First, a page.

Computers, Privacy & the Constitution

Problems of the Adoption of the Notice and Takedown Regime by Other Countries

-- By MunKiNam - 01 May 2010

The Notice and Takedown Regime in DMCA

Section 512 (c) of DMCA provides so called “Notice and Takedown” procedure, in which a copyright holder may request a service provider to take down a material posted on its website by a notice alleging such material infringes her copyright. If a service provider expeditiously removes or disables the access to such material, it is exempted from the liability related to such material.

Under this provision, service providers can rely on a safe harbor regarding the secondary liability on copyright infringement if they adopt and implement the notice and takedown procedure. In this regard, the notice and takedown provision can be assessed to enable so-called Web 2.0 services. Meanwhile, copyright holders can remove or disable to access to copyright infringing materials from the internet merely by unilateral notification to service providers without any judicial review. In consequence, the freedom of expression on the internet can be significantly impaired.

Adoption of the Notice and Takedown Regime by Other Countries

Despite the intrinsic problem of the notice and takedown regime, many other countries such as E.U. countries, Japan, Australia and South Korea have adopted the notice and takedown provisions similar to DMCA because they can deal with enormously increasing right infringement cases on the internet with an easy and efficient way. In addition, it is one of the reasons that the U.S. compelled other countries to adopt the notice and takedown regime in order to protect its globalized content industry. After the enactment of DMCA, the U.S. has inserted provisions in FTAs it executed with other countries, that required such other countries to establish the notice and takedown regime similar to DMCA in their legal system.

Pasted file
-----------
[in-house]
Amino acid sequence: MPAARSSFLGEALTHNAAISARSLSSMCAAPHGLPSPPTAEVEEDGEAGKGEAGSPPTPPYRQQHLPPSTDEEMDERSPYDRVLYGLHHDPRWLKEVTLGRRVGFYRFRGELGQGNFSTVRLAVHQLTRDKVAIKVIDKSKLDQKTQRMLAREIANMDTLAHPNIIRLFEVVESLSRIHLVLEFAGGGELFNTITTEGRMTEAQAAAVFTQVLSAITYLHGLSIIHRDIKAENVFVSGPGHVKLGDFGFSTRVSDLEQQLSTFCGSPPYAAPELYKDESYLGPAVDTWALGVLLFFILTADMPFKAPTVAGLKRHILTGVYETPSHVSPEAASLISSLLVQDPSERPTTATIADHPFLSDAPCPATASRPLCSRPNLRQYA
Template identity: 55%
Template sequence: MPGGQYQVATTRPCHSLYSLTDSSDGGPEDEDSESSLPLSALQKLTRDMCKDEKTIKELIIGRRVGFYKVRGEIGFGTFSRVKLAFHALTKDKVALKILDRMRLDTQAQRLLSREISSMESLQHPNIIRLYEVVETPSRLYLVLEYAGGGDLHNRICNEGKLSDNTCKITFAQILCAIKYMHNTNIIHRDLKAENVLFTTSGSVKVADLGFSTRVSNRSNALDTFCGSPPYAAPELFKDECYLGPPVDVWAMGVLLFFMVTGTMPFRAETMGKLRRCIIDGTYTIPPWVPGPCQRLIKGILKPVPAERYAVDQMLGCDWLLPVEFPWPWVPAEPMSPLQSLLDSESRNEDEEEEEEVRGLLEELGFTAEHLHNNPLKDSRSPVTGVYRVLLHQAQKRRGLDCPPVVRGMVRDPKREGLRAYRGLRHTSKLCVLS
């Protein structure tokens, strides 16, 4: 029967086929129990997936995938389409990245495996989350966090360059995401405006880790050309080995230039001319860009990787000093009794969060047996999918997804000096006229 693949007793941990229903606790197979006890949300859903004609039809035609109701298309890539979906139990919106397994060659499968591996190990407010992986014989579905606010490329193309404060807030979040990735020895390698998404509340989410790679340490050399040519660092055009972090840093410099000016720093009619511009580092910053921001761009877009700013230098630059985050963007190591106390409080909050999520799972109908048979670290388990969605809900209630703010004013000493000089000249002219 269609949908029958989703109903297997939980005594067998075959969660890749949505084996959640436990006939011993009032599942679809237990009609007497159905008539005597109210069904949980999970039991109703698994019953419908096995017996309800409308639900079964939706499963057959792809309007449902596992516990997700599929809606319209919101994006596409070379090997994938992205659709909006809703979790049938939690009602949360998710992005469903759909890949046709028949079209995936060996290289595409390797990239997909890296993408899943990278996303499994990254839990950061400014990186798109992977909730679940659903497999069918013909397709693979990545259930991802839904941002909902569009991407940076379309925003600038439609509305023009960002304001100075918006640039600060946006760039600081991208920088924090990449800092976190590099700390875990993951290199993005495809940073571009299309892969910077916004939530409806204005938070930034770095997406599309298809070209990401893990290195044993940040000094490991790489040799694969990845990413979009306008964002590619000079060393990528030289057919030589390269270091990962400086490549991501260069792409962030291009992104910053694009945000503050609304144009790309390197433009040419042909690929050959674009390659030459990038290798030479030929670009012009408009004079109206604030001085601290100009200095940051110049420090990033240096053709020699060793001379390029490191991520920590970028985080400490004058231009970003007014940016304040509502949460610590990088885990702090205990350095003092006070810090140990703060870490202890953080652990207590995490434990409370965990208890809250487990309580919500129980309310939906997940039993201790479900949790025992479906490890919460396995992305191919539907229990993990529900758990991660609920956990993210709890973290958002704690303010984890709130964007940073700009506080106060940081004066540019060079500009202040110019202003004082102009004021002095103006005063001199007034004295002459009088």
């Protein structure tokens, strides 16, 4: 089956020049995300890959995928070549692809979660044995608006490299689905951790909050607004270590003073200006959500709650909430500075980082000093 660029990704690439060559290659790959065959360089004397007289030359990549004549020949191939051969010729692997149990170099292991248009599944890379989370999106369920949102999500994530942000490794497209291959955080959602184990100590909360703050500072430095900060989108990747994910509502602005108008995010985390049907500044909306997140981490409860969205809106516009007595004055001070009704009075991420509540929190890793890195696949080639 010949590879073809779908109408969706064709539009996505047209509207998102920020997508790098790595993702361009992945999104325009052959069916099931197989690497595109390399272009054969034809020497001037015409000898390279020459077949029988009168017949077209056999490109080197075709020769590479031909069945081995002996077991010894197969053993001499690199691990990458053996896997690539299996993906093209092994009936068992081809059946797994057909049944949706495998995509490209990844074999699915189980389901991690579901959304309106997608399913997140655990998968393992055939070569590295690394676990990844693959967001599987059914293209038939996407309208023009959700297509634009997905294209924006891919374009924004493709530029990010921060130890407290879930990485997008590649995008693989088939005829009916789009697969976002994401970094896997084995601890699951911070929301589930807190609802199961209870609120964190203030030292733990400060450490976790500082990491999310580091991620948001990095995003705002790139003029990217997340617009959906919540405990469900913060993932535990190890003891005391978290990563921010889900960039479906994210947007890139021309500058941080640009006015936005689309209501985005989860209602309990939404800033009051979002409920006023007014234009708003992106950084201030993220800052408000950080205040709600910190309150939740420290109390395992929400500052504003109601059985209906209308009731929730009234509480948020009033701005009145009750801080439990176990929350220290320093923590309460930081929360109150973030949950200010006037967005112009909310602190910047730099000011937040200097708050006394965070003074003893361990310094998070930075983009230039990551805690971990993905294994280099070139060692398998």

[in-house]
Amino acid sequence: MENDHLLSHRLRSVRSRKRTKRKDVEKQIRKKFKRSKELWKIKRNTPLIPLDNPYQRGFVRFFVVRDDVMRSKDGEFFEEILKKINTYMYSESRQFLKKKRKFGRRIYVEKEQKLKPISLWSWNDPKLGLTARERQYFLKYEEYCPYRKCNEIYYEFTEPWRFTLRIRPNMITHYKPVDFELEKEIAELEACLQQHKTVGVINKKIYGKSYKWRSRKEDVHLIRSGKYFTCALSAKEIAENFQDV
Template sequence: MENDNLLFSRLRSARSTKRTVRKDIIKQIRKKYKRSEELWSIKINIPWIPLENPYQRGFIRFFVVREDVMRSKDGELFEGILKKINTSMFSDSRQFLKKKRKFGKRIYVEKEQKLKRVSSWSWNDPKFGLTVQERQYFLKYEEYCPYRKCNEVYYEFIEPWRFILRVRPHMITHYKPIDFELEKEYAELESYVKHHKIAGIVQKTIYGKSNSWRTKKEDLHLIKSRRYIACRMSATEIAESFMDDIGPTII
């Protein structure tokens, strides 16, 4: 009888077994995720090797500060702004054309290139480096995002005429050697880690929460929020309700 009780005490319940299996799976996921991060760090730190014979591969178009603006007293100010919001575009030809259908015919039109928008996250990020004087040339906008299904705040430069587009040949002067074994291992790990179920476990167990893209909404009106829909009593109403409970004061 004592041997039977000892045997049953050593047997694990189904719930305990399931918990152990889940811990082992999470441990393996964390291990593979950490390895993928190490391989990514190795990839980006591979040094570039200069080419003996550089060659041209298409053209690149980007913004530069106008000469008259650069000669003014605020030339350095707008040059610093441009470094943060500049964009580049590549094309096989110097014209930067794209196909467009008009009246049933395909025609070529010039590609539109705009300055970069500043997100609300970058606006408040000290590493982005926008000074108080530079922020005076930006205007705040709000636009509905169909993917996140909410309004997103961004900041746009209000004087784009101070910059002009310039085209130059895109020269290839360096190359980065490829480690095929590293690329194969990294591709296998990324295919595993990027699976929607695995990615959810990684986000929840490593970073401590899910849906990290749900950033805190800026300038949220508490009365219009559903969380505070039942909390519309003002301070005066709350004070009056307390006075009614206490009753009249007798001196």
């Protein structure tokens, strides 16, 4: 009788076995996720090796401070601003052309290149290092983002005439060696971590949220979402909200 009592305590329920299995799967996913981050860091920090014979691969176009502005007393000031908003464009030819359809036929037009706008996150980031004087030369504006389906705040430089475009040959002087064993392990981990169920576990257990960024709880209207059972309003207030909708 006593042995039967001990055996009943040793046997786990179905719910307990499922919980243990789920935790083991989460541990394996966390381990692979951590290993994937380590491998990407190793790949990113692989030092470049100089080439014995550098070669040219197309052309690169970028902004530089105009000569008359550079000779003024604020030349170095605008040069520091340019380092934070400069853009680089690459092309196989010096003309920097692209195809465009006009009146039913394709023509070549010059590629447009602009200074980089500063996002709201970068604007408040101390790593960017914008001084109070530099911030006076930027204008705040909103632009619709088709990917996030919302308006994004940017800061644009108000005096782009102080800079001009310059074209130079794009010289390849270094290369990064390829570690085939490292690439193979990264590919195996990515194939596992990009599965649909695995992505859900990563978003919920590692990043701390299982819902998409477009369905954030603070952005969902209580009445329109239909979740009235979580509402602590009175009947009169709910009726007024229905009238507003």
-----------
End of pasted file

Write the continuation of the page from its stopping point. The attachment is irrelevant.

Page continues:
The problem is that, in many countries which adopted the notice and takedown regime, the scope of the application is extended to the online defamation matters. In contrast with the U.S. legal practice which exempts service providers from the secondary liability resulted from the defamatory materials posted by subscribers, See Section 230 of Communication Decency Act and Zeran v. America Online, Inc., 129 F.3d 327 (4th Cir. 1997), the court in other countries applied the same principle in determining whether service providers are liable for defamatory materials posted by subscribers as applied to copyright infringement cases. Thus, if a country intends to adopt the notice and takedown procedure in its legal system, internet service industry in that country will strongly request the system to be applied to other right infringement cases as well as copyright infringement cases, and the government has no reason to refuse such a request. I think this is the main reason why other countries which adopt the notice and takedown system made the system applicable to defamation.

Problems Which Can Be Occurred When the Notice and Takedown Regime Is Applicable to Defamation